[22] Thus far we have not placed any a priori constraint on the possible geometrical structure of the source. However, in some instances either previous studies or geological or other observations will limit the possible range of likely geometries. Here we constrain the solution to the “geologically likely” situation of a tensile crack. Crack azimuth (ϕ) and dip (90 − θ) (Figure 6) are arbitrary and are determined as part of the solution.

[23] The best solutions for all three source depths in terms of θ, ϕ and the source time function are given in Figure 11. All three solutions are close to the actual input source, in terms of azimuth, dip and time-history. Consistent with the results above, the deepest source yields a marginally better fit.

Figure 11.

Moment tensor solutions for a tensile crack for the source depths 120, 600 and 1800 m. The orientation of the crack was obtained by performing a search in the (θ, ϕ) space with a step of 10°. Although the misfit function has a considerably higher value than for the inversions presented in Figures 8, 9 and 10 (see Table 1), all 3 solutions presented here are close to the true solution (the deepest source gives a slightly better solution). The crack orientation as well as the source time function is successfully recovered.

[24] In order to help quantify some of the underlying causes for poor source parameter recovery outlined above, we need to track the space-time evolution of the wavefield.

3.9. Estimating the Sensitivity of the Wavefield to Model Parameters: Sensitivity Kernels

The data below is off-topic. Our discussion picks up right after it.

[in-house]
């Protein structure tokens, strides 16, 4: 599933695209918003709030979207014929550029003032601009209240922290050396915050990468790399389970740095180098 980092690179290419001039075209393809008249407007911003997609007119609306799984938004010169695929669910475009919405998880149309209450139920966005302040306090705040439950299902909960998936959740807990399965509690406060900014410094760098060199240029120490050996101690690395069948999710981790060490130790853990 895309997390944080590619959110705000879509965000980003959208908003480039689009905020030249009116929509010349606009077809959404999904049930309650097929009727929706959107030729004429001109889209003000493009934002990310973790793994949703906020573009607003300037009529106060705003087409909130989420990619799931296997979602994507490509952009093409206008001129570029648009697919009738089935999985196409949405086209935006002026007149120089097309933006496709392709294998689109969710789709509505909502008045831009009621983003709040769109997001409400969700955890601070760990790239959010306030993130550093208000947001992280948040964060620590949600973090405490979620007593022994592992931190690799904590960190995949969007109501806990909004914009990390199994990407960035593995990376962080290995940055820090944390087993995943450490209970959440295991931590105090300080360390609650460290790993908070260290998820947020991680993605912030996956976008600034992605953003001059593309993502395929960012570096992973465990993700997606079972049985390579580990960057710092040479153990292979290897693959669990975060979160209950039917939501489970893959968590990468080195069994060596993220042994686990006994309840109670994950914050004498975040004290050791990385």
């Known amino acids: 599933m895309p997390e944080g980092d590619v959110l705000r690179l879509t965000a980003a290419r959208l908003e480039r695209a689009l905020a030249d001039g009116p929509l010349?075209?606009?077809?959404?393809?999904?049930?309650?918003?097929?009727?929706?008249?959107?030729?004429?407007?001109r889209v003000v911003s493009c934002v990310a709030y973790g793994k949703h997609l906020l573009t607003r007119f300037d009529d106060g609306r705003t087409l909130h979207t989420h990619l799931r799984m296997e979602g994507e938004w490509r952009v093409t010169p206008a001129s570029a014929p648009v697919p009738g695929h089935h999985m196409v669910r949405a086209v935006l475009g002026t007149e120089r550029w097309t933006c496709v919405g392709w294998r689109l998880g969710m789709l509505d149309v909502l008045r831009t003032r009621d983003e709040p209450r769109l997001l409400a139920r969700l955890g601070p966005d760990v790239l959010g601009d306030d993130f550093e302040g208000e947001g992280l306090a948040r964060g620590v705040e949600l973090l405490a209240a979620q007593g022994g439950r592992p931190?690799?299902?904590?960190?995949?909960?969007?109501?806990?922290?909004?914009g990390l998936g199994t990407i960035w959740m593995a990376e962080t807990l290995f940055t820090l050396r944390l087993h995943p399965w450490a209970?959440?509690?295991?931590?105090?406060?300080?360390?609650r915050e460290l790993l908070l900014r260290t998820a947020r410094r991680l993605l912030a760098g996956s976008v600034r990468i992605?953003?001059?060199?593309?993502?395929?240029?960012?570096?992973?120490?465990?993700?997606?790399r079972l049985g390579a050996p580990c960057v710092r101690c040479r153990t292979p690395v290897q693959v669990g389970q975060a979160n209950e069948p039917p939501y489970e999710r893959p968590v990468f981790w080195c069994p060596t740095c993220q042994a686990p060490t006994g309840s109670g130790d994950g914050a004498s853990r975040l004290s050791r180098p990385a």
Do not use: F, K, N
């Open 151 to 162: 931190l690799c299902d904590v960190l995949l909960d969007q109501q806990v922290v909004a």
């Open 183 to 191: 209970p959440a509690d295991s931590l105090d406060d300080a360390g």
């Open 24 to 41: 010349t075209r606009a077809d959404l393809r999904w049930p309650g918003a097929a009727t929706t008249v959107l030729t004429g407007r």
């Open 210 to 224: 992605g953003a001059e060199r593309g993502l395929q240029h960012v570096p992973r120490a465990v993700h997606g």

[25] It is clear that the introduction of the shallow low-velocity layer has a major impact on the wavefield. In this section we look at the underlying reasons for that impact, using 2-D full wavefield simulations and sensitivity kernels. We ask the question: What part of the velocity model is the wavefield sensitive to, for any given time window in our seismogram? Using ideas from seismic inversion [Tarantola, 1984, 1987, 1988] time reversal mirrors [Fink, 1997] and adjoint methods [Talagrand and Courtier, 1987]; Tromp et al. [2005] give an integrated theoretical framework for the calculation of such sensitivities. In this work we implement the expressions given by Tromp et al. [2005]. Two numerical simulations in the velocity model are required: (1) a “regular” simulation, where a source is input and a synthetic seismogram is calculated at the recording station of interest, and (2) an “adjoint” simulation where the part of the seismogram under investigation (i.e., the time window of interest from the seismogram) is extracted, time reversed and used as an input source (the adjoint source). The adjoint source is located at the receiver location from the first simulation, and recorded at the location which was occupied by the source in the first (regular) simulation. Individual sensitivity kernels for P and/or for S waves can then be calculated by looking at the interaction between the regular and adjoint wavefields [e.g., Tromp et al., 2005]. We calculate P and S wave 2-D kernels for both ECPN and ECZM stations, in both a homogeneous and a layered (400 m thick near surface low-velocity layer) model, for source depths of 120 m and 1800 m. All simulations include topography, taken as a 2-D cut of the 3-D DEM, through stations ECPN, ECZM and the summit. The source time function for the regular simulation is the same as in the 3-D simulations, Figure 2. P wave (S wave) sensitivity kernels are calculated by integrating the product of the divergence (curl) of the regular and adjoint wavefields, over the time interval of interest. Figure 12 shows the seismograms for the regular simulation. As was seen in the 3-D simulations, the near surface low-velocity layer significantly distorts the wavefield, particularly for ECZM station, located on the flank. P wave and S wave sensitivity kernels for station ECZM for the shallow source are shown in Figures 13 and 14 respectively. These sensitivity kernels indicate the area of the velocity model that contributes to the wavefield which is arriving at the station, within the seismogram time slice under investigation. The “polarity” of the sensitivity is related to the polarity of the field divergence (P waves) or curl (S waves). For our purpose, the magnitude of the sensitivity is the most important parameter. It is important to note that these sensitivity plots are not analogous to regular wave propagation snapshots, but are more instructive as they map seismogram arrivals precisely onto model properties, and tell us which areas of the model are “sampled” by the wavefield for specific times in the seismic wave train, recorded at a specified station. For finite frequencies the wavefield can “see beyond” the station, even in a homogeneous model (e.g., Figure 14, second row on the left, 7–10 s). This effect will be more pronounced for longer-period data. The sensitivity kernels allow us to better quantify the underlying causes of the extended wave trains seen in Figure 12, for the layered model. Comparing Figures 13 and 14 it is clear that most of the seismogram is composed of S-type wave motion. Figure 12 also demonstrates that vertical and horizontal components are approximately 90° out of phase, indication the presence of Rayleigh waves. Even for long-wavelength (LP) events one might intuitively expect that waves will be trapped in the low-velocity layer; what is not so obvious in advance is the importance of this phenomenon and the extensive “footprint” of the sensitivity. For example, Figure 14, first row on the right, 0–7 s demonstrates that the first 0–7 s of the wavefield arriving from the summit to a flank station is primarily controlled by the combined effects of near-summit velocity and topographic structure. Perhaps surprisingly for a source located close to the summit, the structure on the opposing flank, on the side facing away from the station, also makes a significant contribution to the signal arriving at ECZM, located approximately 6 km from the summit. In seismology, “reverberations” are often attributed to site effect, which is clearly not the case in this example. Although the signals for the layered model in Figure 12 looks reverberatory, the underlying cause is not local to the station. Comparing the left and right sides of the second row in Figures 13 and 14, it becomes clear that what appear to be stations related reverberations in Figure 12 are in fact trapped waves sampling large regions of the near-surface edifice. This point is even more visible in Figure 15 for summit station ECPN. For the 10–15 s time slice (Figure 15, third row on the right) the seismogram comprises contributions from across the surface of the entire edifice of Mount Etna. This is also true for P waves in the case of ECPN (Figure 16) which are much more prevalent for the summit station, relative to the flank station, further indicating the complexity and spatial variability of the wavefield. Even without resorting to kernel analysis, it can be seen from Figure 12 that the flank station recording is severely distorted by the near surface effects. In the above examples, the seismic source lies within the low-velocity layer, which will be the case for “shallow” LP events. Though less commonly recorded, deep LPs are likely to lie below layers with such low velocities. Figure 17 shows S wave kernels for ECZM station, for a source at 1800 m depth, 1400 m below the base of the low-velocity layer. Although the effects are not as pronounced as in the case of the shallower source, relative to the contribution made by the entire edifice the near surface layer still makes a disproportionate contribution to the wavefield arriving at the station.